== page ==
2020 was an unprecedented year, with COVID-19 impacting nearly every industry across the country, including commercial real estate. Shutdowns due to the coronavirus pandemic caused a large portion of employees to work from home for much of the year. As the economy stalled, many businesses and property owners found themselves negotiating with both tenants and lenders on rent relief and loan modifications. While the pandemic accelerated trends that were already taking place in retail, it upended the strong momentum in the office and hospitality sectors as well as urban markets. These trends will likely continue in 2021 and reshape what buyers, owners, tenants, and residents may ultimately want to occupy.
Lessons Learned in 2020
- The pandemic expedited the declining demand for traditional brick-and-mortar retail (e.g., enclosed malls, department stores) and forced consumers to adopt online shopping more quickly than they ever planned.
- As with any economic disruption, there are winners and losers. While the coronavirus outbreak halted the hospitality industry with widespread hotel and restaurant cancellations, it spurred demand for industrial space primarily to support distribution and storage. Freestanding retailers (especially drive-thrus) and net leased office space also held up exceptionally well compared to actively managed retail.
- The sudden shift to work-from-home has created new expectations about flexibility that cannot be undone. People are making new choices about where they want to live, how and where they want to work; and the massive deployment of remote work technology platforms has only accelerated this push.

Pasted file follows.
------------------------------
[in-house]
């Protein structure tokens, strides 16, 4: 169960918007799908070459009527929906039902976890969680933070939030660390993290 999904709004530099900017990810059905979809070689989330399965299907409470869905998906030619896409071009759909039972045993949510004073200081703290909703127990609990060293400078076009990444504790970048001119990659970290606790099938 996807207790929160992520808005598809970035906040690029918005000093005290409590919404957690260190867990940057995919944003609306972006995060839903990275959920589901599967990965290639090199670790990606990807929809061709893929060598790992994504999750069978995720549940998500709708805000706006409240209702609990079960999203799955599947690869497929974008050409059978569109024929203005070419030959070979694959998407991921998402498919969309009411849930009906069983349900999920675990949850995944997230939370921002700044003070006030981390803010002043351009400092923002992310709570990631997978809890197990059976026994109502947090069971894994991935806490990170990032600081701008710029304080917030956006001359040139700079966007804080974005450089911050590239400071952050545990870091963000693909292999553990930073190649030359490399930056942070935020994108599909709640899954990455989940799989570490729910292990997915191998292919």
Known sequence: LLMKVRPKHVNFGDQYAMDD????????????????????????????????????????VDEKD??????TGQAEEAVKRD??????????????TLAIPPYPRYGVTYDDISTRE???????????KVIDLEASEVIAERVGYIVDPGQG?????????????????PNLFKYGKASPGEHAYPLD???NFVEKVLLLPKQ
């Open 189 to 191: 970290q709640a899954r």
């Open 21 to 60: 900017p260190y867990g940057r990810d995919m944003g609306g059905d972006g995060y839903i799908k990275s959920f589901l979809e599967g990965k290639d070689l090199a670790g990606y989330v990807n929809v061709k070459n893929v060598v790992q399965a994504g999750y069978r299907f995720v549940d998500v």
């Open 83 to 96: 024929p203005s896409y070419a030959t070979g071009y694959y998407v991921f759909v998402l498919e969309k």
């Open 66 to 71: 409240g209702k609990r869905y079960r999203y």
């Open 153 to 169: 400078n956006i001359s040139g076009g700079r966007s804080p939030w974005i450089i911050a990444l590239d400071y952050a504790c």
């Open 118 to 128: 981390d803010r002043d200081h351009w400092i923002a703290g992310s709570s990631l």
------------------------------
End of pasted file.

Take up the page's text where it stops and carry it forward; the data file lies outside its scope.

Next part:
While we wait for the vaccine to become more widely available, we expect the recovery in 2021 to be led by industrial, grocery retail, multifamily, land, single-tenant net leased, and drive-thru retail properties. The leasing of small office spaces will be preferred over larger ones and tenants will look for flexibility in lease terms. Secondary and tertiary markets will grow echoing people’s current preference where to live. Vacant malls will be repurposed for nontraditional tenants as obsolete retail space is recommissioned. The new administration in Washington D.C. will hopefully be successful at reducing economic uncertainty related to combatting COVID-19, bringing back market stability (e.g., foreign capital), and steadying the job market. A recovering economy paired with continued low interest rates should help sustain the private investor market and may push commercial real estate asset prices higher in 2021.